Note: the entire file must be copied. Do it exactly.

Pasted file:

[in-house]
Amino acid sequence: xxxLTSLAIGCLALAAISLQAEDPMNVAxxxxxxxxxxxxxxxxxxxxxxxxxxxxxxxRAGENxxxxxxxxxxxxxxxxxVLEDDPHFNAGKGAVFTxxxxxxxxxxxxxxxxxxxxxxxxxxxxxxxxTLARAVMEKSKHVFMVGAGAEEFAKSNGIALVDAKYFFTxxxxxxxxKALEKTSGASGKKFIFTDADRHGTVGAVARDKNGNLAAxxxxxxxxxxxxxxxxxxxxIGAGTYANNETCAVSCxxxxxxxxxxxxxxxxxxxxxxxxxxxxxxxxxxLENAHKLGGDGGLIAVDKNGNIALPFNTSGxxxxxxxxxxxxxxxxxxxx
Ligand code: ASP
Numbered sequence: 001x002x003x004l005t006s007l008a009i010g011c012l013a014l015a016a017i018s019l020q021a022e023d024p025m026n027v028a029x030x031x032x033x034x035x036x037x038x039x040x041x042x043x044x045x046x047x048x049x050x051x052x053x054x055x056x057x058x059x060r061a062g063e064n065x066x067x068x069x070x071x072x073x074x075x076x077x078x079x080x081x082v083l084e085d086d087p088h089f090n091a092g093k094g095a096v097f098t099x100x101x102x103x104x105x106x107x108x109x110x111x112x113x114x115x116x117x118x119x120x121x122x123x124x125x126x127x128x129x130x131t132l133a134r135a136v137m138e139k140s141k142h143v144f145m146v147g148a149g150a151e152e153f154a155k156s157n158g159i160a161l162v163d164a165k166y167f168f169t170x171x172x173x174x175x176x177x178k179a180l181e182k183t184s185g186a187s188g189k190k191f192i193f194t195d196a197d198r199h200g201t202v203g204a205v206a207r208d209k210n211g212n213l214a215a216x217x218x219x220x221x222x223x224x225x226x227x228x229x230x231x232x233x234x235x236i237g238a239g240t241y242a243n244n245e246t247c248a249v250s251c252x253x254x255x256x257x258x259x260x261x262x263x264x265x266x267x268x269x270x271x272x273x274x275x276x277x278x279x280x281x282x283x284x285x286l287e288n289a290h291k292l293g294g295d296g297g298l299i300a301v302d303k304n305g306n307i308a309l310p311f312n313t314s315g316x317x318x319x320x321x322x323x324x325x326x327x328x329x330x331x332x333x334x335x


[in-house]
Amino acid sequence: xxxLTSLAIGCLALAAISLQAEDPMNVAxxxxxxxxxxxxxxxxxxxxxxxxxxxxxxxRAGENxxxxxxxxxxxxxxxxxVLEDDPHFNAGKGAVFTxxxxxxxxxxxxxxxxxxxxxxxxxxxxxxxxTLARAVMEKSKHVFMVGAGAEEFAKSNGIALVDAKYFFTxxxxxxxxKALEKTSGASGKKFIFTDADRHGTVGAVARDKNGNLAAxxxxxxxxxxxxxxxxxxxxIGAGTYANNETCAVSCxxxxxxxxxxxxxxxxxxxxxxxxxxxxxxxxxxLENAHKLGGDGGLIAVDKNGNIALPFNTSGxxxxxxxxxxxxxxxxxxxx
Ligand code: ASP
Numbered sequence: 001x002x003x004l005t006s007l008a009i010g011c012l013a014l015a016a017i018s019l020q021a022e023d024p025m026n027v028a029x030x031x032x033x034x035x036x037x038x039x040x041x042x043x044x045x046x047x048x049x050x051x052x053x054x055x056x057x058x059x060r061a062g063e064n065x066x067x068x069x070x071x072x073x074x075x076x077x078x079x080x081x082v083l084e085d086d087p088h089f090n091a092g093k094g095a096v097f098t099x100x101x102x103x104x105x106x107x108x109x110x111x112x113x114x115x116x117x118x119x120x121x122x123x124x125x126x127x128x129x130x131t132l133a134r135a136v137m138e139k140s141k142h143v144f145m146v147g148a149g150a151e152e153f154a155k156s157n158g159i160a161l162v163d164a165k166y167f168f169t170x171x172x173x174x175x176x177x178k179a180l181e182k183t184s185g186a187s188g189k190k191f192i193f194t195d196a197d198r199h200g201t202v203g204a205v206a207r208d209k210n211g212n213l214a215a216x217x218x219x220x221x222x223x224x225x226x227x228x229x230x231x232x233x234x235x236i237g238a239g240t241y242a243n244n245e246t247c248a249v250s251c252x253x254x255x256x257x258x259x260x261x262x263x264x265x266x267x268x269x270x271x272x273x274x275x276x277x278x279x280x281x282x283x284x285x286l287e288n289a290h291k292l293g294g295d296g297g298l299i300a301v302d303k304n305g306n307i308a309l310p311f312n313t314s315g316x317x318x319x320x321x322x323x324x325x326x327x328x329x330x331x332x333x334x335x